• Impunity and Lack of Justice: Perpetrators of sexual violence often act with impunity, rarely facing consequences for their crimes. The lack of a strong and effective justice system contributes to a culture of impunity, where survivors are denied justice, and the perpetrators continue to commit acts of violence without fear of punishment.
  • Displacement and Vulnerability: The conflict and violence in North Kivu have led to high levels of displacement, with women and girls comprising a significant portion of the internally displaced population. Displacement exposes them to increased risks of exploitation, including sexual violence, trafficking, and forced labor. The lack of secure living conditions and limited access to essential services further exacerbate their vulnerability.
  • Limited Access to Education: The conflict and displacement have severely disrupted education systems in North Kivu, disproportionately affecting girls’ access to education. Many girls are unable to attend school due to safety concerns, cultural barriers, or economic pressures. The denial of education perpetuates a cycle of poverty and limits future opportunities for women and girls.

Addressing the situation for women and girls in North Kivu requires a multifaceted approach that includes strengthening the rule of law, providing comprehensive support services, ensuring access to education, and promoting gender equality. It is crucial to support local organizations and initiatives that advocate for the rights and well-being of women and girls, and to work towards long-term solutions that foster a safe and inclusive environment for all.

International corporations, attracted by the vast mineral resources in North Kivu, have established operations in the region. Their presence, while offering potential economic benefits, has also raised concerns about exploitation and ethical practices. The involvement of these corporations in resource extraction has been criticized for exacerbating conflicts, human rights abuses, and contributing to the environmental degradation of the region. It is crucial for international corporations to prioritize responsible business practices and contribute positively to the social and economic development of the communities in which they operate.

Urgent Call for Action

The dire situation in Goma and North Kivu demands immediate attention and decisive action. The international community, governments, and humanitarian organizations must join forces to address the root causes of the conflict, provide:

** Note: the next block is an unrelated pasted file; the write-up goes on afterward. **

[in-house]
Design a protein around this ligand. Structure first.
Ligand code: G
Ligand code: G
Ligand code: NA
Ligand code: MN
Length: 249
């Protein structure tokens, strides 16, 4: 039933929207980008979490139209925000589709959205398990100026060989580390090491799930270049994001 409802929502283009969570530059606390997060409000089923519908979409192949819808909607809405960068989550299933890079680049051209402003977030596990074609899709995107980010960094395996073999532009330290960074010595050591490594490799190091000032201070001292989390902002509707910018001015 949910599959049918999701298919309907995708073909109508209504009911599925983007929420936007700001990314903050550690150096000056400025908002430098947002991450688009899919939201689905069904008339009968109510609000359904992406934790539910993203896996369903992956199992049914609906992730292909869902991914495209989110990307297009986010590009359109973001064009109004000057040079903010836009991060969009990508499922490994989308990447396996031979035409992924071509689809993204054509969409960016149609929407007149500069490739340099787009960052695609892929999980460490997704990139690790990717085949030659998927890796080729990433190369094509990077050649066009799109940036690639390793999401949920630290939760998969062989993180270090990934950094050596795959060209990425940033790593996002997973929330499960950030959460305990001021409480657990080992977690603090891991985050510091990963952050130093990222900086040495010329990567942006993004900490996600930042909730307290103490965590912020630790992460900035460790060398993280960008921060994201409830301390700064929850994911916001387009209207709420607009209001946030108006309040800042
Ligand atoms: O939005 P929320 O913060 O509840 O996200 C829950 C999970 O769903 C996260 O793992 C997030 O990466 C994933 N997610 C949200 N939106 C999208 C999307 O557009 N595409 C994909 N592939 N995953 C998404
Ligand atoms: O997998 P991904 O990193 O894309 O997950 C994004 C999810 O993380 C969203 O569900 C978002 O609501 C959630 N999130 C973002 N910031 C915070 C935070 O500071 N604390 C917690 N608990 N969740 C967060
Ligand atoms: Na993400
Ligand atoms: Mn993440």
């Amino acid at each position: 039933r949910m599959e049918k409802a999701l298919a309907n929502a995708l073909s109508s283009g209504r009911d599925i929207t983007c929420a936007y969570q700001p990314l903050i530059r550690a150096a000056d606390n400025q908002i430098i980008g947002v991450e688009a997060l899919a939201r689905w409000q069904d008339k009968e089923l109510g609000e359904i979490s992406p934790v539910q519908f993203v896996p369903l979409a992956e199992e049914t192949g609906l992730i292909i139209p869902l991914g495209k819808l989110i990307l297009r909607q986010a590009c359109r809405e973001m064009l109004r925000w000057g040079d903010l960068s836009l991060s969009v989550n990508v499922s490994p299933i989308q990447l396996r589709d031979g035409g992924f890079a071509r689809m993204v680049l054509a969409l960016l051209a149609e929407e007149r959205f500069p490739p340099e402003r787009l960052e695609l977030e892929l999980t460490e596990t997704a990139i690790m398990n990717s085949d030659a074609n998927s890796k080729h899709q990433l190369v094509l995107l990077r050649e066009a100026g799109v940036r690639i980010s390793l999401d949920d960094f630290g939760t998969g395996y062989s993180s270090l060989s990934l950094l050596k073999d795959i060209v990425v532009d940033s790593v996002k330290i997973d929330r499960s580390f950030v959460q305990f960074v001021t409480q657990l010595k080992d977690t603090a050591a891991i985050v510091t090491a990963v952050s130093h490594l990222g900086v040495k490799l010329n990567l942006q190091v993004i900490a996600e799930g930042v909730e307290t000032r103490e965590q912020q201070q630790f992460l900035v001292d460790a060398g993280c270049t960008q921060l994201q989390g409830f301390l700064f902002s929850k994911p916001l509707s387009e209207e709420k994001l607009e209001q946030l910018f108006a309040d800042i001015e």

• essential humanitarian aid,
  • support sustainable development initiatives,
  • the creation of opportunities and guaranteeing responsible business practice.

Efforts should focus on promoting peace, justice, and economic opportunities for the affected communities, while ensuring responsible business practices by international corporations. 

Goma, a city once filled with hope and potential, has been tragically transformed into a symbol of horror and despair. The staggering numbers of violence, displacement, and the presence of mafia networks highlight the urgent need for international attention and support. By addressing the underlying causes of the conflict, holding accountable those involved in human rights abuses, and fostering responsible corporate practices, we can pave the way for a brighter future in Goma and North Kivu. Only through collective action can we bring an end to the suffering and restore hope to the forgotten city and its resilient inhabitants.

Joel – Country’s Head Unsung Heroes Congo, Democratic Republic, opinion about Goma Today and Goma in 3 years:

The city of Goma and its outskirts were once an environment where they were good to live but in an acute underdevelopment with the internet which was a luxury those who could have access, the business opportunities were not, the Electricity and water was not available in most of the city and the province of North Kivu. Currently the province is more and more destroyed by the conflicts which, instead of advancing, they are destroying even the little that has already been done, no free circulation in trade, no education of children in conflict zones, no electricity in territories and the outskirts of the city. 

In the next 3 years I think if we continue in this direction the city will experience a considerable decline but with the contribution and the collective actions we hope for a recovery and a future development.


Joel Bagheni

Radek Wierzbicki